Here's a trick question: What do most marketing departments do?

Here's Joe Pulizzi's answer: "They're mostly built around advertising. Advertising is still what marketing departments spend money on. They look at who has the audience and then how do I interrupt that?"

Interrupting audiences from other stuff they'd rather be doing doesn't sound like excellent marketing. But unfortunately, it's how most marketing departments today operate. And yet the key to more profitable marketing is actually offering content and experiences so useful that customers would seek them out or even pay for them.

Joe Pulizzi is founder of the Content Marketing Institute and the veritable godfather of content marketing. And he's this week's guest on the Marketing Cloudcast, the marketing podcast from Salesforce. Joe and Robert Rose have just released their new book Killing Marketing, and the concepts are a breath of fresh air for anyone who feels their marketing efforts getting stale.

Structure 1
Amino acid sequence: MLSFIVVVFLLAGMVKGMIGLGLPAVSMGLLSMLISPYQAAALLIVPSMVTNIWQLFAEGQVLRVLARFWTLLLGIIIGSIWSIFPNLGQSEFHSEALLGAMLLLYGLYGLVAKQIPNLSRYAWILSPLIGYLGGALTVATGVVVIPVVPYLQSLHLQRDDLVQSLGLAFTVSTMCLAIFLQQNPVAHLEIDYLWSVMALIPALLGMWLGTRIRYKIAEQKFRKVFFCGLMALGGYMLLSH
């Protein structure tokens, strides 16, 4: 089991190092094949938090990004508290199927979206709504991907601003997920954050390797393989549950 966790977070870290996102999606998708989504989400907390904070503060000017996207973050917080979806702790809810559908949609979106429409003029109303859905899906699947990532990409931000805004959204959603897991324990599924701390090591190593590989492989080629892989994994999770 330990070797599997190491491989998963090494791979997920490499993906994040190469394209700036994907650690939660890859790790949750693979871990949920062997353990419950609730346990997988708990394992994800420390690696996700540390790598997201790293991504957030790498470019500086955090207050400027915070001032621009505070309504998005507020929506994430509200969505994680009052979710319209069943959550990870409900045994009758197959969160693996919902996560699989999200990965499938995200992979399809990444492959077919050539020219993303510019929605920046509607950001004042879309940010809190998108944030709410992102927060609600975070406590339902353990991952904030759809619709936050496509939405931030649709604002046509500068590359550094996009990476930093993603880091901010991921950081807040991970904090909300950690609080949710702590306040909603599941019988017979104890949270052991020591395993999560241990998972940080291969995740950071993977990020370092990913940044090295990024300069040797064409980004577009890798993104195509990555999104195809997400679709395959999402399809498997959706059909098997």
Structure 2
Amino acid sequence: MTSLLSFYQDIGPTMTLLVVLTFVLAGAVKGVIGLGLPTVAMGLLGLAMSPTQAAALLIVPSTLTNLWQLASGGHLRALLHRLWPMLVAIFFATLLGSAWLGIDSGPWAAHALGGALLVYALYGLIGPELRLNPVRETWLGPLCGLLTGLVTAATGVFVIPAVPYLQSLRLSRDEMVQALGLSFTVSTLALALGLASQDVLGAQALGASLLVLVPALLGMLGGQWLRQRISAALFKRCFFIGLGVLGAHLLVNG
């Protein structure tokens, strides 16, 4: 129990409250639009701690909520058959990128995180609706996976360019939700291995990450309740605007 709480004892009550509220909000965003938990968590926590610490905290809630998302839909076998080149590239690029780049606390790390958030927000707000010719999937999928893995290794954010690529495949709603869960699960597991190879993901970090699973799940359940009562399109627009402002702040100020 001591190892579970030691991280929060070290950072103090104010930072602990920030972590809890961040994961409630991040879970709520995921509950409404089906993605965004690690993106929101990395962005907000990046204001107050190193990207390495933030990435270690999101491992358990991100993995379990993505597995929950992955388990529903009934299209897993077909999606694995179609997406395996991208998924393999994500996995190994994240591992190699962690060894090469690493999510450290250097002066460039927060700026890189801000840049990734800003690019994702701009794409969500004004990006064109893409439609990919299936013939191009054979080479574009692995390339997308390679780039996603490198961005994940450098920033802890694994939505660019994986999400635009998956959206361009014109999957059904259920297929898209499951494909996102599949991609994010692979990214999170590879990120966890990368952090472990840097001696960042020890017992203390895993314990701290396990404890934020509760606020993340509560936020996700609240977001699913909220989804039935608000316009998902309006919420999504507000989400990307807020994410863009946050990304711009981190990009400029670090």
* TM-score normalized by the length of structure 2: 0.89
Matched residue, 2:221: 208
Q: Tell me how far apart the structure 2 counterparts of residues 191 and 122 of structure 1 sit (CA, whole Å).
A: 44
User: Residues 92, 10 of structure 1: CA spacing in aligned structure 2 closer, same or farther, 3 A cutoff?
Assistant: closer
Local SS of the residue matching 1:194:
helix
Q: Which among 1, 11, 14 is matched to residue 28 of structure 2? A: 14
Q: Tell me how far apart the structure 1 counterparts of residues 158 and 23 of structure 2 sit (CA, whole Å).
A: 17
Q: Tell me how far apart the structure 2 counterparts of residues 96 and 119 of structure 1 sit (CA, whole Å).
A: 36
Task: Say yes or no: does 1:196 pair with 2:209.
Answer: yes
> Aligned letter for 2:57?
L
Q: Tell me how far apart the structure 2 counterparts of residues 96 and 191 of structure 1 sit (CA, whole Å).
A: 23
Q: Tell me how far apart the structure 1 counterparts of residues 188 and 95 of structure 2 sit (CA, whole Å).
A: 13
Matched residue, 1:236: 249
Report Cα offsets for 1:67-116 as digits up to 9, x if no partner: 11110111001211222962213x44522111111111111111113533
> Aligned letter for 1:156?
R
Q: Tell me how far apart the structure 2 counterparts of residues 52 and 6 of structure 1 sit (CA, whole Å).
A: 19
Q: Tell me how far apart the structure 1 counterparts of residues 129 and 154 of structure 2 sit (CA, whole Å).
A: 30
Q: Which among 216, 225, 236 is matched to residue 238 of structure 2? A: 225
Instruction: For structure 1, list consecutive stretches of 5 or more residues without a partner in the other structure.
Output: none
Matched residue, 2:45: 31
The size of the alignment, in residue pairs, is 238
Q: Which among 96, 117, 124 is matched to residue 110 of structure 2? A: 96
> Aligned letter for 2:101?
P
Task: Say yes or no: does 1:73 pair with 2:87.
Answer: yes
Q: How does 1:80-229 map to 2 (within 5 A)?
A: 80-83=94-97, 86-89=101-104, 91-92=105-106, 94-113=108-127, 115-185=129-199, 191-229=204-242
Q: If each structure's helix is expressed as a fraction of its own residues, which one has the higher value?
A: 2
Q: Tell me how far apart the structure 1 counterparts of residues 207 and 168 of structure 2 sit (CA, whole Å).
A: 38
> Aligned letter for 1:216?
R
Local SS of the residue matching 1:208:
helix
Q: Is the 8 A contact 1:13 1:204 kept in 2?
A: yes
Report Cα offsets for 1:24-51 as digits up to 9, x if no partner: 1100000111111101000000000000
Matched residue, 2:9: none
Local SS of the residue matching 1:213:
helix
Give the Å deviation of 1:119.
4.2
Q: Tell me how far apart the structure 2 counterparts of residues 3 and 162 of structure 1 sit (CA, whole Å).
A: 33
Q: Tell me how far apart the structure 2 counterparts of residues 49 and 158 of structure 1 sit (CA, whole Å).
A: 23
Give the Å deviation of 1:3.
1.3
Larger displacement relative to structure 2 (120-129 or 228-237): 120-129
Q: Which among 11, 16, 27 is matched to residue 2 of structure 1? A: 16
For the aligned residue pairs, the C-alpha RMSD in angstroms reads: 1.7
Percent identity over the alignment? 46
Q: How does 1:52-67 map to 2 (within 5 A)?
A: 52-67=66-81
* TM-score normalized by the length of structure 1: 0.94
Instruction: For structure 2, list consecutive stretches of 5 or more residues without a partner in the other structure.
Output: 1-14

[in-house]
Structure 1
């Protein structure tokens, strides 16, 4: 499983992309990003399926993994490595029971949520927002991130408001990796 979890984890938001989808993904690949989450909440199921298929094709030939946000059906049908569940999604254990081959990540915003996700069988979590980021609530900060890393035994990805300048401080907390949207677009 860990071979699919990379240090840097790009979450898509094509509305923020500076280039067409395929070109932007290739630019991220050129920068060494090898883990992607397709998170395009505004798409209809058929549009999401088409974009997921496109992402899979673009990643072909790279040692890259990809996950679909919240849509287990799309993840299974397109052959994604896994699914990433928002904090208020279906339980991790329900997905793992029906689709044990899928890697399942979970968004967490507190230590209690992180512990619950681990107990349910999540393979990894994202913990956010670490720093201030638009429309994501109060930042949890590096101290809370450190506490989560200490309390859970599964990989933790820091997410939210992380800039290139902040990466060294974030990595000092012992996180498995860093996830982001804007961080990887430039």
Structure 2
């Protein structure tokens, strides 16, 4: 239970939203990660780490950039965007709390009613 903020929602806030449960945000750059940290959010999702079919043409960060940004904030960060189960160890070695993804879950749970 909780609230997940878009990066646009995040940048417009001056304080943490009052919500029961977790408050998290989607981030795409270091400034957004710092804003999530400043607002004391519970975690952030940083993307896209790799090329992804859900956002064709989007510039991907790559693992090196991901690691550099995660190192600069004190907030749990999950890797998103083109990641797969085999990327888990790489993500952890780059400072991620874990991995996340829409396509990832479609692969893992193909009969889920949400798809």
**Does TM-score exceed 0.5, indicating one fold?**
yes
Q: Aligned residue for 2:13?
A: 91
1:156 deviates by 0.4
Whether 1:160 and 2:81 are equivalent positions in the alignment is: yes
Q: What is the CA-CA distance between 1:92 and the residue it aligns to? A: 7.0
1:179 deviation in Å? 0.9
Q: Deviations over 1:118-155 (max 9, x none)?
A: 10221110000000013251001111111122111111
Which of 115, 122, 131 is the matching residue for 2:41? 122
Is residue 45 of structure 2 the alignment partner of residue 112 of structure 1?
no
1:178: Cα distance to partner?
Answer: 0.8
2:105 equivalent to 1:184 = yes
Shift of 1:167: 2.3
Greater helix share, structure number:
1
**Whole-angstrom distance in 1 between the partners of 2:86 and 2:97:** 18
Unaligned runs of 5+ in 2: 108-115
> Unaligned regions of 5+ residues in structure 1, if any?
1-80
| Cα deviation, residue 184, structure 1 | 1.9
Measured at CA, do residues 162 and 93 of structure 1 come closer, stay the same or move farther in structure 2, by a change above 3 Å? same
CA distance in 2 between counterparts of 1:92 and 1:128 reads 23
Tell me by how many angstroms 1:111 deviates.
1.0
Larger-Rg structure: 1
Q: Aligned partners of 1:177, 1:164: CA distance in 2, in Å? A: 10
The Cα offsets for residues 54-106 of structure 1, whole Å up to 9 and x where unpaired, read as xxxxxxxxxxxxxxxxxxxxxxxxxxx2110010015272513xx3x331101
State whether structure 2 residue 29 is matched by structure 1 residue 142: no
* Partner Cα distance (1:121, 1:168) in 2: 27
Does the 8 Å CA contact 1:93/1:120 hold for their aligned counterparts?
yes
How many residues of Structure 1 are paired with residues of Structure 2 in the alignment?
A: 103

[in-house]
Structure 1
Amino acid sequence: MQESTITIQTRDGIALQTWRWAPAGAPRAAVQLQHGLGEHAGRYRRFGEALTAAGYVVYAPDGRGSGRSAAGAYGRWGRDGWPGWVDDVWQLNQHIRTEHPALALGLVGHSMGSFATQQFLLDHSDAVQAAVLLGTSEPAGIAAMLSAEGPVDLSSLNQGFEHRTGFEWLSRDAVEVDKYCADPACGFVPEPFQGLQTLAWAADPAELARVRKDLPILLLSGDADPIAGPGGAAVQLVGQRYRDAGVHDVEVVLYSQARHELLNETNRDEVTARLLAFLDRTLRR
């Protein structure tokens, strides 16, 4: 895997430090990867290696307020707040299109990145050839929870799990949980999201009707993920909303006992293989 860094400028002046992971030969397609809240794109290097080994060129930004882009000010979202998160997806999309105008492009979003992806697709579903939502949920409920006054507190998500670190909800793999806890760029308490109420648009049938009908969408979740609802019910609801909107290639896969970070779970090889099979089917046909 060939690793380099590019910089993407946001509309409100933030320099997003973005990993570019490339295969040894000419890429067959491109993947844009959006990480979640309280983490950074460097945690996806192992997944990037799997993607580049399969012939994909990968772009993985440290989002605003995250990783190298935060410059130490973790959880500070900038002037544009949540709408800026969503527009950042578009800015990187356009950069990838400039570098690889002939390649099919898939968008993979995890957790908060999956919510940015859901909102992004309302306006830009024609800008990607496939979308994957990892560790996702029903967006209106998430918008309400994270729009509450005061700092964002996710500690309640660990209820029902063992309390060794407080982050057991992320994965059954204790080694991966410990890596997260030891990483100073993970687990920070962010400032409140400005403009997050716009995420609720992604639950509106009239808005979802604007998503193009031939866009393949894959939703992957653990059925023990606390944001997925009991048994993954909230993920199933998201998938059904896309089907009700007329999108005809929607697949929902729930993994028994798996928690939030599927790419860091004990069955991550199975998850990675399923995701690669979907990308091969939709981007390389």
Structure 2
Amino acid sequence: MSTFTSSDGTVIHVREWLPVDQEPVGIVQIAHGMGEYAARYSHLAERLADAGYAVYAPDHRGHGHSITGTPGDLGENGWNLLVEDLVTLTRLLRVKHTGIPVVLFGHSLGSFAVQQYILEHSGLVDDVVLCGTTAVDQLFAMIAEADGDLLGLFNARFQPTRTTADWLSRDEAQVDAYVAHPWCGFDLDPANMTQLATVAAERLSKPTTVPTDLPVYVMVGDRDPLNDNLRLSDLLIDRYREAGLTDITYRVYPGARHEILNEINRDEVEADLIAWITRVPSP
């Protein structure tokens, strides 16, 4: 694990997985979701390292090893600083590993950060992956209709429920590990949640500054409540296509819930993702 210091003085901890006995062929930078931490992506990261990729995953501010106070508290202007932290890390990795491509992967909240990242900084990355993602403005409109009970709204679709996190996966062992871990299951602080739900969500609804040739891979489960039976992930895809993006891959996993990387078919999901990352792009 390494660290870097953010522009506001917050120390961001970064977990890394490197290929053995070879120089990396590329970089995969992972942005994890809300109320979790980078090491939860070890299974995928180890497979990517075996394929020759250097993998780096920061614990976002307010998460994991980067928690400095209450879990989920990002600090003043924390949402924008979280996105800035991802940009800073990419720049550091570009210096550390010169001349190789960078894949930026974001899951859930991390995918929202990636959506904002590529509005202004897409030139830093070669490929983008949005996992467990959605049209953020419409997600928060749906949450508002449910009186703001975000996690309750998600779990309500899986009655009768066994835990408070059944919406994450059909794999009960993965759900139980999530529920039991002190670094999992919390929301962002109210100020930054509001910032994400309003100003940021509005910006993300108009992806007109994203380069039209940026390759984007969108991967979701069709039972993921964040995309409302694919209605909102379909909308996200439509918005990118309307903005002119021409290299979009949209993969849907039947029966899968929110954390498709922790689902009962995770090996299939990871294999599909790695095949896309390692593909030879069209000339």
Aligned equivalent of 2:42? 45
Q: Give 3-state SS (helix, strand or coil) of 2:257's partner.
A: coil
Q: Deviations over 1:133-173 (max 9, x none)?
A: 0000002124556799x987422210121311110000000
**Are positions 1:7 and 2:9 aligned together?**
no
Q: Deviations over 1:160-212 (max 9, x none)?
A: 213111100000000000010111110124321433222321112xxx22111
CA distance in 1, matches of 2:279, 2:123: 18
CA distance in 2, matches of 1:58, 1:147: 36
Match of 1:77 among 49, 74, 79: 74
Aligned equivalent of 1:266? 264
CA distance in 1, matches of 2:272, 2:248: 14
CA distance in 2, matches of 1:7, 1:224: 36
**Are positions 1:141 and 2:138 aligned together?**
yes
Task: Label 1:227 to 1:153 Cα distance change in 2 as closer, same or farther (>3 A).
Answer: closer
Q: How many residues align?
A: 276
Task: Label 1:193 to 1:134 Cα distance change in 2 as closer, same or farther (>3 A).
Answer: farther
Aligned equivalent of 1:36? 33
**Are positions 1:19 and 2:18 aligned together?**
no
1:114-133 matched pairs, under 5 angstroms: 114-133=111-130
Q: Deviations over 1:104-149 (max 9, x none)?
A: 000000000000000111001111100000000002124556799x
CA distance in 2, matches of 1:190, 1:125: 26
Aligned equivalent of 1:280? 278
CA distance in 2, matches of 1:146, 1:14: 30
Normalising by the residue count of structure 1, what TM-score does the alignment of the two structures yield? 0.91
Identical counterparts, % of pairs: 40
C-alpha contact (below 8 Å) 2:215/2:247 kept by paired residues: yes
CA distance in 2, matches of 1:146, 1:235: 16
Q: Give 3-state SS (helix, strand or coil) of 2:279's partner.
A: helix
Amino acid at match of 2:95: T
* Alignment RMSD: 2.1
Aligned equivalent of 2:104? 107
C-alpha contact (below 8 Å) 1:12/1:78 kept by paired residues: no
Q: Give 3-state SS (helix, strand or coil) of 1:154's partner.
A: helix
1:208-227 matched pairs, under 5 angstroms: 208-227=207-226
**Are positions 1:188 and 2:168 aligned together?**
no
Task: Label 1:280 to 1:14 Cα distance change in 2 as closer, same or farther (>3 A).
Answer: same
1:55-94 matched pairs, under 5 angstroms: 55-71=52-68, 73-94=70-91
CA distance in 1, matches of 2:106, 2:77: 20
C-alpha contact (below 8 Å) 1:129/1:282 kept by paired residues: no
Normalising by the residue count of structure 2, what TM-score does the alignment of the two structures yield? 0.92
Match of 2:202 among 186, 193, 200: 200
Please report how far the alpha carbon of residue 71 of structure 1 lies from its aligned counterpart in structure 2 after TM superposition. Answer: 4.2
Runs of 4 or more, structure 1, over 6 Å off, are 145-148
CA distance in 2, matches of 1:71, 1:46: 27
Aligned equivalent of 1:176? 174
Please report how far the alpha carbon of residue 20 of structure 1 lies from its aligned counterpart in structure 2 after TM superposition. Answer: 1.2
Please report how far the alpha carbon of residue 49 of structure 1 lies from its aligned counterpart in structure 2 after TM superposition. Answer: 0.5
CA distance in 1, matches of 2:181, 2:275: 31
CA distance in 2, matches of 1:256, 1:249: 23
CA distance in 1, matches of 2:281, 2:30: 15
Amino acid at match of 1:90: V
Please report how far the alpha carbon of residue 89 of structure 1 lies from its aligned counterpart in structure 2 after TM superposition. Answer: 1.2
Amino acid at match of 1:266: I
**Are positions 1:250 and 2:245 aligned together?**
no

In this episode, which you can preview here, listen as Joe candidly explains how certain parts of your marketing strategy deserve to be killed and how you can build a thriving business — and career — as a strategic marketer.

For the full conversation that's filled with many more insights from Joe, subscribe on Apple PodcastsGoogle Play MusicStitcher, or wherever you listen to podcasts. Here are our top 3 ways you can create a more profitable marketing strategy (plus how they help you move ahead in your career) from my chat with Joe.

 

1. Don't build your house on rented land.

 

According to Joe, one of the biggest mistakes that marketers make today is relying on non-owned platforms to reach customers. He explains, “If you think like a media company, there's no way you'd build your platform on rented land. You would absolutely ask, where do we have the most control? That's probably your website and email subscriber databases."

"Leverage social — I'm not saying don't leverage social. But definitely your customers move up the chain. So if it's easier for you to build an audience on somebody else's platform, you want to make sure that, at some point, the strategy is to move them up to an email subscription.”